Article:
The Human Rights Approach to Addressing Racial Profiling: The Activity of the Ontario Human Rights Commission

AuthorShaheen Azmi
The Human Rights Approach
to Addressing Racial Prof‌iling
The Activity of the Ontario
Human Rights Commission
shahEEn azmi*
In 2015 the Ontario Human Rights Commission (OHRC) embarked on a
new round of activity in response to ongoing concerns of racial prof‌iling.
This activity ca me in the shadow of more than a decade of activity aimed
at curbing and preventing racial prof‌iling and grow ing recognition of new
shapes and forms of racial prof‌iling in multiple sectors and settings.
The Ontario Human Rights Commission employed multiple approaches
in responding to racial prof‌iling since 2002 . Racial prof‌iling has long been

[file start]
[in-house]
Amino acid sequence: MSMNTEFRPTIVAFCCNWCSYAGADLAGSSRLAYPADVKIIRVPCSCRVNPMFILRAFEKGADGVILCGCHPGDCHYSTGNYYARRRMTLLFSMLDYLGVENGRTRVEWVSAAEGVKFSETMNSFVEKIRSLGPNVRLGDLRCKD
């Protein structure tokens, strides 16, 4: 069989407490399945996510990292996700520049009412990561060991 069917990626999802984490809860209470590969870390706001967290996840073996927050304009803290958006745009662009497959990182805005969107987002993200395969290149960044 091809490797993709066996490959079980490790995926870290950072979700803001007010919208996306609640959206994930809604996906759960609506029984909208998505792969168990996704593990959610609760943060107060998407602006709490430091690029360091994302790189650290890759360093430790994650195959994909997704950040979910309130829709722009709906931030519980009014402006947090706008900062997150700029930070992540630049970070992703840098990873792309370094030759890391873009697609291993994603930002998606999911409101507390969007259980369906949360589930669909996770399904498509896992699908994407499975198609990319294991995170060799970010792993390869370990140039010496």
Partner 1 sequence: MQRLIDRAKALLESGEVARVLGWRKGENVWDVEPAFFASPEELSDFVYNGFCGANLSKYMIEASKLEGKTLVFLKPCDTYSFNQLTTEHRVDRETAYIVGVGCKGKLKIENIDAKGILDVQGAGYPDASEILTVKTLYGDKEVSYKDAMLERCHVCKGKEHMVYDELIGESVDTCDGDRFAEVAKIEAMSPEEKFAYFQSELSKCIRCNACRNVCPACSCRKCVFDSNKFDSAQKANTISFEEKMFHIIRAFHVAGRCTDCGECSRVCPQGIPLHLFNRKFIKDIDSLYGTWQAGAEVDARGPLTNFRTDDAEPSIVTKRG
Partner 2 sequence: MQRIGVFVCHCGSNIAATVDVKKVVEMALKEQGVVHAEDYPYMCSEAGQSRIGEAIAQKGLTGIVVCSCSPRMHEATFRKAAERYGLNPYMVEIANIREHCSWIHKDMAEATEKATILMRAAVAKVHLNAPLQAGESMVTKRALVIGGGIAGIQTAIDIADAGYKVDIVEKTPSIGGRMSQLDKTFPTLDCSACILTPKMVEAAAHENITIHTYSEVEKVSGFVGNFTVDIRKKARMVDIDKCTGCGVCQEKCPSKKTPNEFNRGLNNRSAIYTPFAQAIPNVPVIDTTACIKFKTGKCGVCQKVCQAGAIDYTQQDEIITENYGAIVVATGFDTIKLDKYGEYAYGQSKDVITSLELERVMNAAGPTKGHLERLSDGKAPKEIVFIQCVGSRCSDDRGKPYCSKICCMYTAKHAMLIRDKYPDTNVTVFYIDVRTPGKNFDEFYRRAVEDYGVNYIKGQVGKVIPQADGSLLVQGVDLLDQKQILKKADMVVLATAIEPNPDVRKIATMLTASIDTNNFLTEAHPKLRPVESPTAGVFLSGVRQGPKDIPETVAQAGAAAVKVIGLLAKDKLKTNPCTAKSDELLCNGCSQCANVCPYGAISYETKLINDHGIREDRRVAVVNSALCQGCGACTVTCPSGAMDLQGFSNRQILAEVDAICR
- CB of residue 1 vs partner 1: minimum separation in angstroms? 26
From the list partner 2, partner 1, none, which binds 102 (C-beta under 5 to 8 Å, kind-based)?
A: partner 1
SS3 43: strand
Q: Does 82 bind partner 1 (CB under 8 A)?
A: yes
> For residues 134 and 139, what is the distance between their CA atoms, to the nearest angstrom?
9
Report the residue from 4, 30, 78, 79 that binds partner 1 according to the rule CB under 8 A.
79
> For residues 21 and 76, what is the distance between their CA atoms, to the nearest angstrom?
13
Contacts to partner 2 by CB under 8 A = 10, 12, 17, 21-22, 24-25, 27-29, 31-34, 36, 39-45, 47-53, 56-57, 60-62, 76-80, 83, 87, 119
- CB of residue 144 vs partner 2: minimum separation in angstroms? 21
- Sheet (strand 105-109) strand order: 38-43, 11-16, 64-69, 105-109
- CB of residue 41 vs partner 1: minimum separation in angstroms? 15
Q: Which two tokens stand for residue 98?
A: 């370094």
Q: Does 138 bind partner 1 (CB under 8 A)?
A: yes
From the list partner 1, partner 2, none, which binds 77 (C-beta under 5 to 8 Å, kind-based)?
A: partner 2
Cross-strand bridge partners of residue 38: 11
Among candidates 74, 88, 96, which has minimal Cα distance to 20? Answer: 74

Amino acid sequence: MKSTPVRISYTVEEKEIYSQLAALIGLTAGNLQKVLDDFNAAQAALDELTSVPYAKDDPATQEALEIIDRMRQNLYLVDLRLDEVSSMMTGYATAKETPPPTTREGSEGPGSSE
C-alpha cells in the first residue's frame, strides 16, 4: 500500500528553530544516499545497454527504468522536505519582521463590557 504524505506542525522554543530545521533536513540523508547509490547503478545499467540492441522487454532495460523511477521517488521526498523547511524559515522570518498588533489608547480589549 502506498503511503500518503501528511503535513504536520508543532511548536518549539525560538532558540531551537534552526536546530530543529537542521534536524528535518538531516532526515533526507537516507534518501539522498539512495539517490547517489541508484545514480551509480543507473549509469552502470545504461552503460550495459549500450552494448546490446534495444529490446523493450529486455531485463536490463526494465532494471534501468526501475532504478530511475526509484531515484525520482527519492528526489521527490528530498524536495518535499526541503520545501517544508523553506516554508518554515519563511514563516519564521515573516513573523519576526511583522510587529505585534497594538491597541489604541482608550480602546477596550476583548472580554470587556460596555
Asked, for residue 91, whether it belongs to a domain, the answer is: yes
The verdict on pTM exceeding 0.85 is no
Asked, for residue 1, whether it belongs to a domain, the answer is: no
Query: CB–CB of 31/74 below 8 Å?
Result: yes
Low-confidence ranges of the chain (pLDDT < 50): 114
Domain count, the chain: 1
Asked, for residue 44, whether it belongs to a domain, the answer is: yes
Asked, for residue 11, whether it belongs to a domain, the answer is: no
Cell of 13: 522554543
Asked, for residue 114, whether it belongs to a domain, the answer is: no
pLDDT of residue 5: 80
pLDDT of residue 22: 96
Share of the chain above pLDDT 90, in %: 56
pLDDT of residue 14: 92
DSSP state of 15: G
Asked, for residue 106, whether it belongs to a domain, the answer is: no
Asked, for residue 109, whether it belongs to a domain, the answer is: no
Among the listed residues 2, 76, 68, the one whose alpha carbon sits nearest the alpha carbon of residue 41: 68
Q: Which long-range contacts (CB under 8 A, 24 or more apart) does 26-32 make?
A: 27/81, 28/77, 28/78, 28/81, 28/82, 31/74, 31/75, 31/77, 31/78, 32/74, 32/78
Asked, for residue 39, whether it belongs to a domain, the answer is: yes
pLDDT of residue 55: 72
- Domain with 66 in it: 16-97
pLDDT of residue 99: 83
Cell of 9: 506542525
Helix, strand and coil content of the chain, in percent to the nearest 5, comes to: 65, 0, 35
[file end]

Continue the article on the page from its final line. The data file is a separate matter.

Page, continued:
understood as a type of racism but its framing as a type of illegal dis-
crimination in violation of human rights legislation was not signif‌icantly
developed in Canada prior to the OHRC’s work.
In 2002 a series of articles by the Toronto Star on race and policing
in Toronto provided fresh evidence of the reality of racial bias in police
activity by the Toronto Police Service.1 In direct response to the contro-
versy raised by Toronto Star articles, the OHRC announced that it would
conduct an inquiry into the ef‌fects of racial prof‌iling. Racia l prof‌iling was
def‌ined for the purposes of the inquiry as “any action undertaken for
* Shaheen Azmi i s the director of policy, education, monitori ng, and outreach at the
Ontario Human R ights Commission.
1 Jim Rankin et a l, “Singled Out; Star Analy sis of Police Crime Data Shows Justice Is
Dif‌ferent for Blacks and W hites” Toronto Star (19 October 2002), online: w ww.thestar.

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